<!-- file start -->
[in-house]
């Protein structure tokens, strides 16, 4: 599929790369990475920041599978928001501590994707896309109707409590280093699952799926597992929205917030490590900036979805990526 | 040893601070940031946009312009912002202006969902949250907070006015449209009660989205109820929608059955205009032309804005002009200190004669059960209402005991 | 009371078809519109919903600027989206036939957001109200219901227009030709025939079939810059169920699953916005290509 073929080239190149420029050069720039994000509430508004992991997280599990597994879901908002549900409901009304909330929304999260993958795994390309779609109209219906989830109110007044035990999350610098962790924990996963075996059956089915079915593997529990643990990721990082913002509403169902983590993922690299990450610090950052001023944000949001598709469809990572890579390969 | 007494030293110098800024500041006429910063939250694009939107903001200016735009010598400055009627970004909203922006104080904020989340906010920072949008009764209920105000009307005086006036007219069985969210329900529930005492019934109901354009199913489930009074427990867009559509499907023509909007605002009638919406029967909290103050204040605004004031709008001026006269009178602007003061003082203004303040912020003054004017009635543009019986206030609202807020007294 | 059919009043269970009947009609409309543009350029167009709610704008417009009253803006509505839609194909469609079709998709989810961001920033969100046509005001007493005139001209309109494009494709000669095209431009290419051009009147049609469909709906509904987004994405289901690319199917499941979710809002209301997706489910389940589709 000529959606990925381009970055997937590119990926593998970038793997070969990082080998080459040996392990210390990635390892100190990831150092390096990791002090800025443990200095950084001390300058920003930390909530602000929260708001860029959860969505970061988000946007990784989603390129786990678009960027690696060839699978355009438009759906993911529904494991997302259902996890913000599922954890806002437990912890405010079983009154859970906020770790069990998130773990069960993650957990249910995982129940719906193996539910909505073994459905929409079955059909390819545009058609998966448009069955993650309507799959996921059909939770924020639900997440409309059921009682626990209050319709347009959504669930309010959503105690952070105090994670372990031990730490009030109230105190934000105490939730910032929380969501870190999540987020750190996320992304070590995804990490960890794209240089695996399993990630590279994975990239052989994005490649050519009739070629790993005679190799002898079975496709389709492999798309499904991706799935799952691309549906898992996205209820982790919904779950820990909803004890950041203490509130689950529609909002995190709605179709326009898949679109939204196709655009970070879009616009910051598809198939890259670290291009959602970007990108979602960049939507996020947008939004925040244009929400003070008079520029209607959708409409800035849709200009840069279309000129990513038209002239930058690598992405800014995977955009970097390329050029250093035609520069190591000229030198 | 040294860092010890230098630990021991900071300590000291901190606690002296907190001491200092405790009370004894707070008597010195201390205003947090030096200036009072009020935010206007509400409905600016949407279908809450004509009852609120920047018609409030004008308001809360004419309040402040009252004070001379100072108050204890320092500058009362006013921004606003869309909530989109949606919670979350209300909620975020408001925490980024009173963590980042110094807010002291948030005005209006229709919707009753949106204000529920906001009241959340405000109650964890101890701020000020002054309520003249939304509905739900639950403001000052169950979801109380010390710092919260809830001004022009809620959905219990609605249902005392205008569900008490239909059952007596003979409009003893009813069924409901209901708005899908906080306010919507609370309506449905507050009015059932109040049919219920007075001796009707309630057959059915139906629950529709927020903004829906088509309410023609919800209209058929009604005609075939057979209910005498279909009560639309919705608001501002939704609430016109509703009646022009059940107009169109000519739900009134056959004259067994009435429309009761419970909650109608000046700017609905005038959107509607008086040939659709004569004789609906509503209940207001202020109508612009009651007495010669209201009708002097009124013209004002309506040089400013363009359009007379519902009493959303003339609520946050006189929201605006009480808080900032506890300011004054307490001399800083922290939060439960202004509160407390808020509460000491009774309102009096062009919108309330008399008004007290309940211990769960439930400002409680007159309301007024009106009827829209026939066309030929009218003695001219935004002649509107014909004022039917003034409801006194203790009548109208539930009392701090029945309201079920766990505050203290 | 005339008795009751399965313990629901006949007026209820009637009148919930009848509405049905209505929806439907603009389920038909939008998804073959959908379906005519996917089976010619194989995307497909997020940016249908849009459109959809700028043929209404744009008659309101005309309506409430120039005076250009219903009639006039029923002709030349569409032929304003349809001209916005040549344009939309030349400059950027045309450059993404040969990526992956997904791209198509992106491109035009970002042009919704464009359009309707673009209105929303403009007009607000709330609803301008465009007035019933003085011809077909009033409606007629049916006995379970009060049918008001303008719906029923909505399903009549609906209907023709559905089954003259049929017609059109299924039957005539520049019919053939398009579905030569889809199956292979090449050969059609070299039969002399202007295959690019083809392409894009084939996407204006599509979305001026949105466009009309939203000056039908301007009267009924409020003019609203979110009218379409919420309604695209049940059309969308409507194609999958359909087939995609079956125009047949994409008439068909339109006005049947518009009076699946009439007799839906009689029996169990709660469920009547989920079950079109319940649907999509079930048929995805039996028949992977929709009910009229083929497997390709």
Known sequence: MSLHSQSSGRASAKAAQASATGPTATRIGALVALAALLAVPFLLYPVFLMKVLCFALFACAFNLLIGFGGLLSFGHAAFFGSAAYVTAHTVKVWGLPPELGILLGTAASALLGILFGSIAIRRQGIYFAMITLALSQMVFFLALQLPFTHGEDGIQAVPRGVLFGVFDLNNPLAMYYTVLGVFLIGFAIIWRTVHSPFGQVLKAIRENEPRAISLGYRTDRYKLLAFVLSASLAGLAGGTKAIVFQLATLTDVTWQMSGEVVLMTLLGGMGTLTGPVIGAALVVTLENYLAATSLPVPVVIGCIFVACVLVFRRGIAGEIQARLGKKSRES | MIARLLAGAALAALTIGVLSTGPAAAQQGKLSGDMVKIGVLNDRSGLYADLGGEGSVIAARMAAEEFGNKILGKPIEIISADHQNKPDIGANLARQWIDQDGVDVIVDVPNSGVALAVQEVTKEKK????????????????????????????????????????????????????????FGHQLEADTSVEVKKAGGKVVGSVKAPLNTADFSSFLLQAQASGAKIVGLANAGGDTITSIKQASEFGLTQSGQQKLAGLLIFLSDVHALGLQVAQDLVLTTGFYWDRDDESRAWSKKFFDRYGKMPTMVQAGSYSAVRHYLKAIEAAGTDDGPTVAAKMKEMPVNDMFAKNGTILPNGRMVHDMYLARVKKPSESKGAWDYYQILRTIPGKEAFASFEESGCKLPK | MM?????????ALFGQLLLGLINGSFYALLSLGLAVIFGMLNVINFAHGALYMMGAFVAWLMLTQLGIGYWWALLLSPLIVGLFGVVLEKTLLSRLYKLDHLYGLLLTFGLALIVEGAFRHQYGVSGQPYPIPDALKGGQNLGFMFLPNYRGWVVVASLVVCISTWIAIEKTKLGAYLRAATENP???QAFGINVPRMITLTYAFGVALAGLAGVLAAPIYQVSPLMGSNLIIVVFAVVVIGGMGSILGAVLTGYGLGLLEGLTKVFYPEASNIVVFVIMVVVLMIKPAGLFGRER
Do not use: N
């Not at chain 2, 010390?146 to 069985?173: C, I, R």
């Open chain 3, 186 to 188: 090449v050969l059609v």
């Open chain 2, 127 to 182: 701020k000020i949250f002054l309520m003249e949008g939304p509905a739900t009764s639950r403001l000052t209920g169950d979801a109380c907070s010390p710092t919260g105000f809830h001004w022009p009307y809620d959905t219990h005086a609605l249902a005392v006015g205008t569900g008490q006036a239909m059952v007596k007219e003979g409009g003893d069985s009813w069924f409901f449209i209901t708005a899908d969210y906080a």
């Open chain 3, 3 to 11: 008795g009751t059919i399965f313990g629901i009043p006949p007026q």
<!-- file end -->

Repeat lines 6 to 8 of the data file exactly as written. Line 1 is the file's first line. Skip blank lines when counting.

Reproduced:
């Open chain 3, 186 to 188: 090449v050969l059609v």
């Open chain 2, 127 to 182: 701020k000020i949250f002054l309520m003249e949008g939304p509905a739900t009764s639950r403001l000052t209920g169950d979801a109380c907070s010390p710092t919260g105000f809830h001004w022009p009307y809620d959905t219990h005086a609605l249902a005392v006015g205008t569900g008490q006036a239909m059952v007596k007219e003979g409009g003893d069985s009813w069924f409901f449209i209901t708005a899908d969210y906080a």
């Open chain 3, 3 to 11: 008795g009751t059919i399965f313990g629901i009043p006949p007026q």